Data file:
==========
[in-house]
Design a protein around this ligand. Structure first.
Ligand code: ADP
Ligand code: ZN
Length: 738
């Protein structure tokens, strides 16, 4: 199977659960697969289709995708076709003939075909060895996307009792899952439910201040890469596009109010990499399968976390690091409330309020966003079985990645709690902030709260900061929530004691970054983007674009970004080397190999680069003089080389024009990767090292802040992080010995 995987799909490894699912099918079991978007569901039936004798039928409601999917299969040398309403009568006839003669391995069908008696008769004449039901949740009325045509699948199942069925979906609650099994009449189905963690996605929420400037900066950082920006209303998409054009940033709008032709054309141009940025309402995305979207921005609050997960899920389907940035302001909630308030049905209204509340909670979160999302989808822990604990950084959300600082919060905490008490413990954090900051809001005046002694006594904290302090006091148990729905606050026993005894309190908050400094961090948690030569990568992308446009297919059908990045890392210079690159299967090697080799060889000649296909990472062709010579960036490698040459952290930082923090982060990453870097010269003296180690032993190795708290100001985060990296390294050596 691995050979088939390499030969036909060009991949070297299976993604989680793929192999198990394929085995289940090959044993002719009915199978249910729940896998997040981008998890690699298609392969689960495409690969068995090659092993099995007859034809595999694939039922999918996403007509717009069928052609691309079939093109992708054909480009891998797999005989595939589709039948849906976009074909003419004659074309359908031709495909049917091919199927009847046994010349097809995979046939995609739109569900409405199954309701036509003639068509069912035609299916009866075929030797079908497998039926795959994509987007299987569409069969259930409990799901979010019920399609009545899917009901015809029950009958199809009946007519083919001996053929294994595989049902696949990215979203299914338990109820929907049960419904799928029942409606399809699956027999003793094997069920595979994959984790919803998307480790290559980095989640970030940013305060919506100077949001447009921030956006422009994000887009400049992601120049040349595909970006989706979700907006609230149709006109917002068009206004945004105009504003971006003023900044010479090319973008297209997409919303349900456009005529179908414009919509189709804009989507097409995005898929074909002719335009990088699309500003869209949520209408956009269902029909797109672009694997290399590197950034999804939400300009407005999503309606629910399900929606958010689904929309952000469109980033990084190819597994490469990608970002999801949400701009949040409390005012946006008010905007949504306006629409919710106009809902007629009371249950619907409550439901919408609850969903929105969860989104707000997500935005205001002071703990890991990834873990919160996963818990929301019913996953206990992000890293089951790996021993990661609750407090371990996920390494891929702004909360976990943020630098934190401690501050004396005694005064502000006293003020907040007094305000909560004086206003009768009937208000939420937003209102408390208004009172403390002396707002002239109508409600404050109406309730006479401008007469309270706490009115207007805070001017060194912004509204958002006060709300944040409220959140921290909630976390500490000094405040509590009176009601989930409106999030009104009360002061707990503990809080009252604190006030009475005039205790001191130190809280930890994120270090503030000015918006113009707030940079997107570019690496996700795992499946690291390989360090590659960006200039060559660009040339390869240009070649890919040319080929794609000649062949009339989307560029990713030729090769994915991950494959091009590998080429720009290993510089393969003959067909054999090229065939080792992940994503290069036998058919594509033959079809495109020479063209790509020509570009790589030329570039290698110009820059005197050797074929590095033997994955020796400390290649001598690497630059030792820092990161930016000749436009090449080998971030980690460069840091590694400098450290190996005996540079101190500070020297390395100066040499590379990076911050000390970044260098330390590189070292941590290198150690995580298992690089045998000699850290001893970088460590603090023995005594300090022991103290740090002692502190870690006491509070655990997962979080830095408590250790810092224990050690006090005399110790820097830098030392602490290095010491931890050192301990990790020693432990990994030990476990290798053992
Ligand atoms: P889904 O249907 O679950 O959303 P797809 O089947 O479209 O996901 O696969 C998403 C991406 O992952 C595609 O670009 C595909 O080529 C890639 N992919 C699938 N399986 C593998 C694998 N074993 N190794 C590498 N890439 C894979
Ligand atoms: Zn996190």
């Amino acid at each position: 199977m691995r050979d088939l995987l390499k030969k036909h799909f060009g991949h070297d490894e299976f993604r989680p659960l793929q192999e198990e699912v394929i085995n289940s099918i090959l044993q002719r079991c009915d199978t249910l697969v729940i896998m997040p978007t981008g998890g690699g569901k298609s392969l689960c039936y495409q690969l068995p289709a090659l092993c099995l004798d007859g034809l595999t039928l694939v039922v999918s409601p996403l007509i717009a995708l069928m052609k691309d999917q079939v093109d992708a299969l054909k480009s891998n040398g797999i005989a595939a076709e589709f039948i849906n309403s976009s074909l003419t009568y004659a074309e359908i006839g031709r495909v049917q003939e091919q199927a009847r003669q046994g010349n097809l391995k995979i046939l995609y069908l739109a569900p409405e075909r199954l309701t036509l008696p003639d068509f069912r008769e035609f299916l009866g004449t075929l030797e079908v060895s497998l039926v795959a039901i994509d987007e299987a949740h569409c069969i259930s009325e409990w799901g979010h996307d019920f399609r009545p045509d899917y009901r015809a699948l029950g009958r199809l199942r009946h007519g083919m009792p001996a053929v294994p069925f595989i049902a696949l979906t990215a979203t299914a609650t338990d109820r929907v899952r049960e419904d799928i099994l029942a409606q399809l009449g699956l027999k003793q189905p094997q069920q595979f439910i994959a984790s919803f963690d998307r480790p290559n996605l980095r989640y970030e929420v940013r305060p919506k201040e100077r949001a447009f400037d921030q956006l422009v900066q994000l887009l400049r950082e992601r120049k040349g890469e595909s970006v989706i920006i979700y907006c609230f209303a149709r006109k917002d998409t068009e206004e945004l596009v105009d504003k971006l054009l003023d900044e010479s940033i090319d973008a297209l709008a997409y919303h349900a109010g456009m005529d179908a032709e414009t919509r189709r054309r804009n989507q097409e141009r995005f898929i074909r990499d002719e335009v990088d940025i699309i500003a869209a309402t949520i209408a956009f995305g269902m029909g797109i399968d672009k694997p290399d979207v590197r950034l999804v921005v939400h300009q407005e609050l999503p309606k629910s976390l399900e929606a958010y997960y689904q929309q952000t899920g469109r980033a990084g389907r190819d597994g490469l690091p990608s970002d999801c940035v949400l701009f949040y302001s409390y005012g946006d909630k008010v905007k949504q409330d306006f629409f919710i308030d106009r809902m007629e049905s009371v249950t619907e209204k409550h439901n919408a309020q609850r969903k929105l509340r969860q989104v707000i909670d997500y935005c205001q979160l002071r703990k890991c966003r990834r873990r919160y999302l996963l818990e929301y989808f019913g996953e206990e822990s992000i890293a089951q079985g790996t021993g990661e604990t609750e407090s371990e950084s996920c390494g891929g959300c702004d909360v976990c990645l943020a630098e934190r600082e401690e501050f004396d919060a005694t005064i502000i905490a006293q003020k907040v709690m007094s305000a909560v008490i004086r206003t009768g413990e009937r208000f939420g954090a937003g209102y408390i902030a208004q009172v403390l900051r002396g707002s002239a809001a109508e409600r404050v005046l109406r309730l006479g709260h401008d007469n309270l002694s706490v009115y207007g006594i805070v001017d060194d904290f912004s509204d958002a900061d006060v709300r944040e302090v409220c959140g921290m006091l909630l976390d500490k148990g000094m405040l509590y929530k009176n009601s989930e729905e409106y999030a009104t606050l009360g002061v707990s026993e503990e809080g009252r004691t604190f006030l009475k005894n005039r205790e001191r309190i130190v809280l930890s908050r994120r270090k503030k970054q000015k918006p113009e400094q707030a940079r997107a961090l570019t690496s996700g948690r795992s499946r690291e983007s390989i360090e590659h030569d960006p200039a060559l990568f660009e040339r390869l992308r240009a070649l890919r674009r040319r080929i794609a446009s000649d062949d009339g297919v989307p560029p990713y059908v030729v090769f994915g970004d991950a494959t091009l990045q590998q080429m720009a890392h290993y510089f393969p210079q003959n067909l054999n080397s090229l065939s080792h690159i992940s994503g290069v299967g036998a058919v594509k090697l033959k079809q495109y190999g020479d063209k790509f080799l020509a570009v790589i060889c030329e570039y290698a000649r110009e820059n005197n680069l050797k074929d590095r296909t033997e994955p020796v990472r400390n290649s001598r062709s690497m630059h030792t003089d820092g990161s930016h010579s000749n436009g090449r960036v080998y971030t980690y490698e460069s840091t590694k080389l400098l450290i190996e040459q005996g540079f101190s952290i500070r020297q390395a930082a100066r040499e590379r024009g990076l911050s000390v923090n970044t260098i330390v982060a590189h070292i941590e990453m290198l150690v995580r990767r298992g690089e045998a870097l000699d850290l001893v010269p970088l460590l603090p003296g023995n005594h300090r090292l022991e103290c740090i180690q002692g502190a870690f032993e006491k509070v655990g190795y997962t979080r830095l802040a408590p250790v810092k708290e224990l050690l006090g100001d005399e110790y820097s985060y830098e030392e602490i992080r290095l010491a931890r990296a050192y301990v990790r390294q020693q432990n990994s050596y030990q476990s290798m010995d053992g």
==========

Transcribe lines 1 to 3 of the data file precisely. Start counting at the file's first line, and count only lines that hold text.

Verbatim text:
[in-house]
Design a protein around this ligand. Structure first.
Ligand code: ADP